It’s amazing what people don’t see. In cities, not seeing is an essential survival tool – this is why I don’t cope well in cities. I can spot a mouse in woodland undergrowth. I do not have the means to tune out a relentless stream of noise, cars, people, adverts and all the rest, so cities rapidly overwhelm me. To survive in a city, you clearly have to be able to tune out much of your surroundings.
One of the consequences may be that people don’t see the trees around them. Woodland Trust research found that when asked about their local street trees only 23% of people think that we need more trees on our streets. This is a pretty depressing statistic, especially when you consider how much good urban trees do. The shade and cool provided by urban trees saves people a fortune in hot weather and protects us from skin cancer. Trees improve our environments, but all too often, we don’t see them, much less what they do for us.
According to The Woodland Trust, when you get people talking and thus thinking about their trees, they become more aware of them at which point people do turn out to care. It also happens when trees are removed –in the loss of trees people may well become able to appreciate the value of what they had, but it’s a terrible time to wake up to the true value of something. 77% say they would miss their street trees.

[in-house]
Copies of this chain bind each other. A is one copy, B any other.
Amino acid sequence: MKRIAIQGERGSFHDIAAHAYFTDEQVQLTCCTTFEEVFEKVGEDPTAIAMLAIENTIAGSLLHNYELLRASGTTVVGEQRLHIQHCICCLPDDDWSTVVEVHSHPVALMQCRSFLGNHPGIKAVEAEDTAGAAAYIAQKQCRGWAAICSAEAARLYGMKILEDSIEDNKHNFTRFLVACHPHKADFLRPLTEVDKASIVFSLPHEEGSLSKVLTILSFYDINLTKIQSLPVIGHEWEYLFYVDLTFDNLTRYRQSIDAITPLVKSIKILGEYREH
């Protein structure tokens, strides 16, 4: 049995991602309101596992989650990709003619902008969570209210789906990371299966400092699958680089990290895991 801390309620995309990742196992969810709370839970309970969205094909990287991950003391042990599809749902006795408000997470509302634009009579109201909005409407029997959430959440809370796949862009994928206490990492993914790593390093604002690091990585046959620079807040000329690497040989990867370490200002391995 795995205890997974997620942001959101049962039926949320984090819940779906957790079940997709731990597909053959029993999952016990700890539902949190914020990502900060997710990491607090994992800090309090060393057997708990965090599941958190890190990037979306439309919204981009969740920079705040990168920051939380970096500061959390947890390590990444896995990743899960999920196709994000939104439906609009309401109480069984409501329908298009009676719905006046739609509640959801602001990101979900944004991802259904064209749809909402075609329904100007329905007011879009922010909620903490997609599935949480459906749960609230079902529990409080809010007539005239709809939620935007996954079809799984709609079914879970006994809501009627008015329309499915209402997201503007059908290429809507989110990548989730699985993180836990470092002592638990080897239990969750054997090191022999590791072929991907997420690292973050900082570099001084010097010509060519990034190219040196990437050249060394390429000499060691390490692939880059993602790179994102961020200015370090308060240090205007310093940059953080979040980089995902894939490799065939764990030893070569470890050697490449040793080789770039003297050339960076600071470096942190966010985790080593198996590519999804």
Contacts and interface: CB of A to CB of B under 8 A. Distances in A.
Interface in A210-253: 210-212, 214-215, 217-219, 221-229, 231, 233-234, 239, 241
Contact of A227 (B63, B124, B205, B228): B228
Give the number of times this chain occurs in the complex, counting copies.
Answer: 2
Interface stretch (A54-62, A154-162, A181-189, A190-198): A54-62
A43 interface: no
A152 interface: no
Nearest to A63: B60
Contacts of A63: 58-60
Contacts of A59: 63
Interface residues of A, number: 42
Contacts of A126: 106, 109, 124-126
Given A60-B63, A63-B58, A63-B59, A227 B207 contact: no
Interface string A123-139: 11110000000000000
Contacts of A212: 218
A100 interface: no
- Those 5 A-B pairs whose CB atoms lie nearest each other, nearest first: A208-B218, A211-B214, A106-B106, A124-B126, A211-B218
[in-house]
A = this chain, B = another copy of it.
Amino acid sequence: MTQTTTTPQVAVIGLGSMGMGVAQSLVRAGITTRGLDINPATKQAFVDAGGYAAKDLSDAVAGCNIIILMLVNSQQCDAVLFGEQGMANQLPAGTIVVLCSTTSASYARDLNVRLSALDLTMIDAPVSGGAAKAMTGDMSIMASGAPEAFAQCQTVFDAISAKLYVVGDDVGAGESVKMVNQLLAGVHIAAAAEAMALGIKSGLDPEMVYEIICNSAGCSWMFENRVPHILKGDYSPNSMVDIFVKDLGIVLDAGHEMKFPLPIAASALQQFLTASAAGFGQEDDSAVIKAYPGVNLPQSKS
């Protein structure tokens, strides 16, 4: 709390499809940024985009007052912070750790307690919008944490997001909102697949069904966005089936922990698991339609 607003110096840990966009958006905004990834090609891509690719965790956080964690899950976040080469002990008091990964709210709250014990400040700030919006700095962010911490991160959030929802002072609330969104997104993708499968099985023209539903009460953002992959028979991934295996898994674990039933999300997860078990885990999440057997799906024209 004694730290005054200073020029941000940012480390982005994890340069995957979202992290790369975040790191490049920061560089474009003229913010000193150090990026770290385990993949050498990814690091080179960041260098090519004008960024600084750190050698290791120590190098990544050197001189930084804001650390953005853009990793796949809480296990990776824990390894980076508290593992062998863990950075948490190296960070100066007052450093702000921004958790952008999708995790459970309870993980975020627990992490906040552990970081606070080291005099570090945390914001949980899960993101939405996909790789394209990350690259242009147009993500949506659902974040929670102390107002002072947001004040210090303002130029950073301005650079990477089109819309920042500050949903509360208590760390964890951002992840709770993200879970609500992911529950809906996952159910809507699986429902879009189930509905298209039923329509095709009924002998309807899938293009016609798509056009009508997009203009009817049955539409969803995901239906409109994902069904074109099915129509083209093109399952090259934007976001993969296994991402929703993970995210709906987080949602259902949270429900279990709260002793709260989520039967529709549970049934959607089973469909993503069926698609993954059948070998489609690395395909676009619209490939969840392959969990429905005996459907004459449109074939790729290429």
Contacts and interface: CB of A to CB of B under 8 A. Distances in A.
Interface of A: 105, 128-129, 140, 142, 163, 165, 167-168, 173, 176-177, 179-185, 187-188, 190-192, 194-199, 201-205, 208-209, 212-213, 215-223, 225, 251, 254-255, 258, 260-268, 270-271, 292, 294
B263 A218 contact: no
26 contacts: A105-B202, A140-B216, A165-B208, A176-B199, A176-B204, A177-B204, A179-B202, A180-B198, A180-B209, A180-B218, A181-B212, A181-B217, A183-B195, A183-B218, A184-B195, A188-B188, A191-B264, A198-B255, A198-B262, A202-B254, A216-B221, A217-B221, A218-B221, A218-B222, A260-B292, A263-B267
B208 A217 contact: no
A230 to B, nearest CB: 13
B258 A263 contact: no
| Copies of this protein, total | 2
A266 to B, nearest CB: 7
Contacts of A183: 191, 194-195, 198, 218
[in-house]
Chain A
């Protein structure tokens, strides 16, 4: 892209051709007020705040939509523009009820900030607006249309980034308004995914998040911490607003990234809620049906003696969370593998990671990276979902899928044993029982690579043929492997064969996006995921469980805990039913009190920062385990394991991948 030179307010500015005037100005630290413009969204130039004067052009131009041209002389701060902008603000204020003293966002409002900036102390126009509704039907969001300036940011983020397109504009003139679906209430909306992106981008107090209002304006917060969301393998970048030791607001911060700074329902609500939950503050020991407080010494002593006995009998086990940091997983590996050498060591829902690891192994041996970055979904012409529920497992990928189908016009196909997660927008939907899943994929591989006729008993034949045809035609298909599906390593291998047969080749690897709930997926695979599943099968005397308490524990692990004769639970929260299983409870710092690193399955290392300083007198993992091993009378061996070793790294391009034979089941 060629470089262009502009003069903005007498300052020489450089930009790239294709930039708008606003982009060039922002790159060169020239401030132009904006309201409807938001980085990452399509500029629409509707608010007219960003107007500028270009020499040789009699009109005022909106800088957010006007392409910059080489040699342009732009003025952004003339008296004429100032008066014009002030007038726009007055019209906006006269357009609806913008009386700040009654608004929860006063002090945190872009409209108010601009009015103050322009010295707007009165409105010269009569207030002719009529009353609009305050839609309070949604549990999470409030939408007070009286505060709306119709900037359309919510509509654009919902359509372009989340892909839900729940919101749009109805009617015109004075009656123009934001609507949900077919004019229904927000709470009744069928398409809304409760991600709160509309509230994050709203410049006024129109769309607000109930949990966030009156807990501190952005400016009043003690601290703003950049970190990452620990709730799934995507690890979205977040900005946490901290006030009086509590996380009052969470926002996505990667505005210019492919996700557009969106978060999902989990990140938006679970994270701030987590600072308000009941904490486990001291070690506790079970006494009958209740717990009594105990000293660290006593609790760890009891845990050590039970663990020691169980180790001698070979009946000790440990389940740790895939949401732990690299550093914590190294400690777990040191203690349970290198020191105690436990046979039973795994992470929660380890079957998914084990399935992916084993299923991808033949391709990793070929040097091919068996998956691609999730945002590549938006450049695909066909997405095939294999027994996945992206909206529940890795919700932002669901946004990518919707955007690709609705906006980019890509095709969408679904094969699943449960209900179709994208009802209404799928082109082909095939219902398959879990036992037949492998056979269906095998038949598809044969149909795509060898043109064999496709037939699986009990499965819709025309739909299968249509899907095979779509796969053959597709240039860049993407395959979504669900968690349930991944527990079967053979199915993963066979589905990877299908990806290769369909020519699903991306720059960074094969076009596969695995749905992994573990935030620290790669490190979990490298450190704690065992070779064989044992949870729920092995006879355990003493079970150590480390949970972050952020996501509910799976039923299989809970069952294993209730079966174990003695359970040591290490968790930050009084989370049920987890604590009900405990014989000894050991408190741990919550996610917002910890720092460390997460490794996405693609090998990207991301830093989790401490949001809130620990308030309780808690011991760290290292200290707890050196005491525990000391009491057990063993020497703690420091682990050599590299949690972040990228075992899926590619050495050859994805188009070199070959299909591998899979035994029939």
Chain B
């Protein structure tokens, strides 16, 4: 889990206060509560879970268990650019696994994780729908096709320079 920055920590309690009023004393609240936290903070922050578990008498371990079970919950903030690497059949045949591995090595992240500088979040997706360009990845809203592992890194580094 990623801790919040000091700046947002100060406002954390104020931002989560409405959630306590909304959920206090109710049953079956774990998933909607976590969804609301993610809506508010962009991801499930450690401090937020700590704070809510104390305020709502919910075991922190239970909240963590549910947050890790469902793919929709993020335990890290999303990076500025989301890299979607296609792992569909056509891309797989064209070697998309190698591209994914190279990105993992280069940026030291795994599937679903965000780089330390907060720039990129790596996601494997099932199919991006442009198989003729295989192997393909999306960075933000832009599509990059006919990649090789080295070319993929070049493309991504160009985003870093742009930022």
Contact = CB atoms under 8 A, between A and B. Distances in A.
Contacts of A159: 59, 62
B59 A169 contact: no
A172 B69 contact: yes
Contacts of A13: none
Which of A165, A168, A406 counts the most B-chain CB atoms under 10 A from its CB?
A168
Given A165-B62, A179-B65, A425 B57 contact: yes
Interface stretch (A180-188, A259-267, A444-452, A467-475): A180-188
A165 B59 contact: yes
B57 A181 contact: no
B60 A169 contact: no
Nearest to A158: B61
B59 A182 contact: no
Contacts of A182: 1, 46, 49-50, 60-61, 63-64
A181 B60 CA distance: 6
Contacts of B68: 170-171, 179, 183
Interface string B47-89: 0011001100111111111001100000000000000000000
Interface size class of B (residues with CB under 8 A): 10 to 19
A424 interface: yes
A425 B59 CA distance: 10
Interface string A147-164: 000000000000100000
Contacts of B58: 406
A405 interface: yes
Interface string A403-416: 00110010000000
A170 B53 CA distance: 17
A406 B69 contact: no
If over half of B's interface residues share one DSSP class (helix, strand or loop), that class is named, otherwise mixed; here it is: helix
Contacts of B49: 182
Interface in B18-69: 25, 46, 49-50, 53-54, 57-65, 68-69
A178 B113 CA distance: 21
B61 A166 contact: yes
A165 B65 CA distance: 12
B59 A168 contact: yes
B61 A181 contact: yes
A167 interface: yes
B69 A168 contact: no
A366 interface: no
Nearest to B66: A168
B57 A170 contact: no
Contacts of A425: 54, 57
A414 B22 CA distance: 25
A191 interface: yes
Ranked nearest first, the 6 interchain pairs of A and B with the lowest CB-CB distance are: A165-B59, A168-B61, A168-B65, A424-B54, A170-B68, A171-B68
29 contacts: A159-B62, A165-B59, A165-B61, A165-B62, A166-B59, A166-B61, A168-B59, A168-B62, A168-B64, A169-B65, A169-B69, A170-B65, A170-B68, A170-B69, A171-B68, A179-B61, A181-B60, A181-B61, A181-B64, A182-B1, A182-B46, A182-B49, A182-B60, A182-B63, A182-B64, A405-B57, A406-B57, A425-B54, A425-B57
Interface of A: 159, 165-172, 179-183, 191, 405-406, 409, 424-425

We don’t protect what we don’t notice. We don’t value what we tuned out. No doubt most city dwellers would be very aware of the change if all the people and vehicles they routinely ignore suddenly weren’t there. The same goes for trees. It’s no good only recognising the value of things we have lost.
I will leave you with Joni Mitchell…